Trendnet addressed the problem in a statement.
"Trendnet has recently gained awareness of an IP camera vulnerability common to many Trendnet SecurView cameras," the Torrance, California-based firm said.
"It is Trendnet's understanding that video from select Trendnet IP cameras may be accessed online in real time," Trendnet said.
"Upon awareness of the issue, Trendnet initiated immediate actions to correct and publish updated firmware which resolves the vulnerability," it said.
In the statement, Trendnet listed 22 camera models sold since April 2010 which may have the vulnerability and provided a link to a site where camera owners can download a firmware fix.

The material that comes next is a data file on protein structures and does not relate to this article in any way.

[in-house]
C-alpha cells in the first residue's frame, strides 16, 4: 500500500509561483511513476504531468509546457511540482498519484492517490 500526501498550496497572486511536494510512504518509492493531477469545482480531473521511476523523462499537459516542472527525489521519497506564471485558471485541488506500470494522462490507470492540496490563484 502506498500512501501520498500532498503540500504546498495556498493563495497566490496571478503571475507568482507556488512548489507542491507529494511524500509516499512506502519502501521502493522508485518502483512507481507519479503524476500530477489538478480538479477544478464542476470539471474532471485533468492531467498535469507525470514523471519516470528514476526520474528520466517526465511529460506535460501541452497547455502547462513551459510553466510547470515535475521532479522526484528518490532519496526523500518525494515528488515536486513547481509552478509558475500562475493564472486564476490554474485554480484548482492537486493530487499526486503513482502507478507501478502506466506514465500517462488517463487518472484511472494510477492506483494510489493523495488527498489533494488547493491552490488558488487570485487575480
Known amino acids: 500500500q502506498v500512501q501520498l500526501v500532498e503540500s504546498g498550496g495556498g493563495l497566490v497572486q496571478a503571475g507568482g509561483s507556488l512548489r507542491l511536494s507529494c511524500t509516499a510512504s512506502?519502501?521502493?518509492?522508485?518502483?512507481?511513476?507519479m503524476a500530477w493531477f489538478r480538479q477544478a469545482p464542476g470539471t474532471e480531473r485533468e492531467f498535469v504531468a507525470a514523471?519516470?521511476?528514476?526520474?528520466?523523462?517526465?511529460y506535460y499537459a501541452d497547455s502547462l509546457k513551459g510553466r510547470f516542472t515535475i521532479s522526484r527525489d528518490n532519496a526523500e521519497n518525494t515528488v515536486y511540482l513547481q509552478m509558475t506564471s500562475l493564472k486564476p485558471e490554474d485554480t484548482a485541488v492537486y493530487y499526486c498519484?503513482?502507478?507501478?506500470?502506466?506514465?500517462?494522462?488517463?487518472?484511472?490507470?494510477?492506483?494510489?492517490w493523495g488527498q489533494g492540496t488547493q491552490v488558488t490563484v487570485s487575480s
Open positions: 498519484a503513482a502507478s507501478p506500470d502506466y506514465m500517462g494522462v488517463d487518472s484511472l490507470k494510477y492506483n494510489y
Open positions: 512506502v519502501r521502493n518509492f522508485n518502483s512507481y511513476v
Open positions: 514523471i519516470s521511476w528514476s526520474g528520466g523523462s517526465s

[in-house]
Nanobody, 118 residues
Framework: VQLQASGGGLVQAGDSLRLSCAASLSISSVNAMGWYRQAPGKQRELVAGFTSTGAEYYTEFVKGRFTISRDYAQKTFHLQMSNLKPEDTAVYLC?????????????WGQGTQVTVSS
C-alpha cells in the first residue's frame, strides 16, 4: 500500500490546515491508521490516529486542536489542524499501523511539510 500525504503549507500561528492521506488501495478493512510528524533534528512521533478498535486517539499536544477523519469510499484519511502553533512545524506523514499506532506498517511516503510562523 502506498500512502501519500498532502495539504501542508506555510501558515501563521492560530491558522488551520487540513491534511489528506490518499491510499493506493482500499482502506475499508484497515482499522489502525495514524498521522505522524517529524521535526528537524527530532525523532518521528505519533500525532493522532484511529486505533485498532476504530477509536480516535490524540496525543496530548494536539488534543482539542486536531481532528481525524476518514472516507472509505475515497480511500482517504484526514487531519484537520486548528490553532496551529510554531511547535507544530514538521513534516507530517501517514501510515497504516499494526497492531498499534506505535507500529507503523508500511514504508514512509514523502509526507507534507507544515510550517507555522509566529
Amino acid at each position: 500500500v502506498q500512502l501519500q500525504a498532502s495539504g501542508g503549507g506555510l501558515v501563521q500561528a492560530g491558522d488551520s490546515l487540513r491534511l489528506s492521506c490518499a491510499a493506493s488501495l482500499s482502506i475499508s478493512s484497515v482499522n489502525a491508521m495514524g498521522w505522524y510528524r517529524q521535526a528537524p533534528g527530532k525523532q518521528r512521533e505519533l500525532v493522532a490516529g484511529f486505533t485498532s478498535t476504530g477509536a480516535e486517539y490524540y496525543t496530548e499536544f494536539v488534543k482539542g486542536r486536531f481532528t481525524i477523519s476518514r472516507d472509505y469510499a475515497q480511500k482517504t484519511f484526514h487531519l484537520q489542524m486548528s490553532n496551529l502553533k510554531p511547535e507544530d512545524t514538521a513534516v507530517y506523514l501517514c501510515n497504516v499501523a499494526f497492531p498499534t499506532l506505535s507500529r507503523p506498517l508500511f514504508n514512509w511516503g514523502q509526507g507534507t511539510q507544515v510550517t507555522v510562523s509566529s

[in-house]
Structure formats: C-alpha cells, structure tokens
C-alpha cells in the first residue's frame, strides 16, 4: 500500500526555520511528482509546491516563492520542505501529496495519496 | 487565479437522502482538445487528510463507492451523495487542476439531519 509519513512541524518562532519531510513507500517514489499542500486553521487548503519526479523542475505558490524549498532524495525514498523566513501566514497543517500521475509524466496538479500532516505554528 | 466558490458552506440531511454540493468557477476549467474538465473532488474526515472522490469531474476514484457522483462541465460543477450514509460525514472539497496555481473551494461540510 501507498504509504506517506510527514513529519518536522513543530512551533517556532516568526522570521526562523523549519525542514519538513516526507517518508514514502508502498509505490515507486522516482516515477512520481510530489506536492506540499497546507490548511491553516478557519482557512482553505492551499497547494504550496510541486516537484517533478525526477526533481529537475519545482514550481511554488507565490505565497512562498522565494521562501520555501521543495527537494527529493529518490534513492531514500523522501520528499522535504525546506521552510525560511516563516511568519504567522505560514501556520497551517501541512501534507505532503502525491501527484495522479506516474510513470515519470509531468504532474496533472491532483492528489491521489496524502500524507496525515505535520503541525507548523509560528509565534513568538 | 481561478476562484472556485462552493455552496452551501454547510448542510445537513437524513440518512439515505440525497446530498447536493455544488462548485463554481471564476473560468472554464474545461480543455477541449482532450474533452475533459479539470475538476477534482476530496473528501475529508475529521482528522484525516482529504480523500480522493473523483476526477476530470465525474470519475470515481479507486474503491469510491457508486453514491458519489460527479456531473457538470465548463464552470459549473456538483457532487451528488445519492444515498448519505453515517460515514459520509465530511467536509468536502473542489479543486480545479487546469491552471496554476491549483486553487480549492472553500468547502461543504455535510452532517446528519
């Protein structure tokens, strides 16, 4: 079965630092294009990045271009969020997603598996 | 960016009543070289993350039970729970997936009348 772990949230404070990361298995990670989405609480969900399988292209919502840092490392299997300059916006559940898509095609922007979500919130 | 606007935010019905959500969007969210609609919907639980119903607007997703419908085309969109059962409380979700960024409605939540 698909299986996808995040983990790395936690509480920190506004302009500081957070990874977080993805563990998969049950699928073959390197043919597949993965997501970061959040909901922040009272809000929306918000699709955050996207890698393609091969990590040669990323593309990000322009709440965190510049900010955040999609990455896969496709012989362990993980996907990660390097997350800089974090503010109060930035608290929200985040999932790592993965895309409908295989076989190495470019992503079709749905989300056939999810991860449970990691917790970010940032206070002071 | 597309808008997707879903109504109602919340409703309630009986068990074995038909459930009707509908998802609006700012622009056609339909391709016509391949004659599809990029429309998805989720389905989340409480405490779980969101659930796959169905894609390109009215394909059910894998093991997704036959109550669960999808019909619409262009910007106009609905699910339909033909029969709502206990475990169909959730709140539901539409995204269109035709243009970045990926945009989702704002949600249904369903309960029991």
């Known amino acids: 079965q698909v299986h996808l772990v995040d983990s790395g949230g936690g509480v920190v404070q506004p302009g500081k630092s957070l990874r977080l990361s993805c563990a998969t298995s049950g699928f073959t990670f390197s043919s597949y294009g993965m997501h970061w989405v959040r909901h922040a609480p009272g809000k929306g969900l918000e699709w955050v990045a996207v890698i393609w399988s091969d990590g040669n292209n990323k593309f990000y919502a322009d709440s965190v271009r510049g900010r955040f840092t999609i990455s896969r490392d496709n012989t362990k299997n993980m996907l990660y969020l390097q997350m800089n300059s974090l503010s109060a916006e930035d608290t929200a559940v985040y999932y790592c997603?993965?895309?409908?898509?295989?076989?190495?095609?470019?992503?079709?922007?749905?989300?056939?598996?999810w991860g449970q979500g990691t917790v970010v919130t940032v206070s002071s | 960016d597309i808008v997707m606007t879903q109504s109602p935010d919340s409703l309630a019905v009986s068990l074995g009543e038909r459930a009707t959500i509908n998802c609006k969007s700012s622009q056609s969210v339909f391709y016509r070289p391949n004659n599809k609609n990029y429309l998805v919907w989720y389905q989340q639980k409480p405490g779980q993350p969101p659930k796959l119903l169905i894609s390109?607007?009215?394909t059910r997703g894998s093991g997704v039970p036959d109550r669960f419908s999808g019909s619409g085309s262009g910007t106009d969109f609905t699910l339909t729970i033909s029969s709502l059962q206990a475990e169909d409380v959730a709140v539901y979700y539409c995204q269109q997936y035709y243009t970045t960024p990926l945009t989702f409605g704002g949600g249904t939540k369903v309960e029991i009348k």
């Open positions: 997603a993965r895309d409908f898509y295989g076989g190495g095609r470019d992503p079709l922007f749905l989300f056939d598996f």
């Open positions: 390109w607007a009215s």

"Trendnet is aware that this IP Camera security threat may affect your confidence in Trendnet solutions," the company said. "Trendnet extends its deepest apologies to consumers which may be impacted by this issue."
Australian security analyst at IBRS, James Turner, said that the camera vulnerability highlighted the fact that when you plugged any device into the internet, other people could find it. "Australians should be thinking about this issue very carefully as we look forward to all of the capabilities that the [national broadband network] is promising," he said.
As broadband became more capable and ubiquitous, he said people would "inevitably increase their use of internet-intensive applications and services, such as video conferencing."
The resulting plethora of devices, which will be left plugged in and turned on, many with webcams and microphones, would be "an appealing target to opportunistic hackers", he said.
- With AFP
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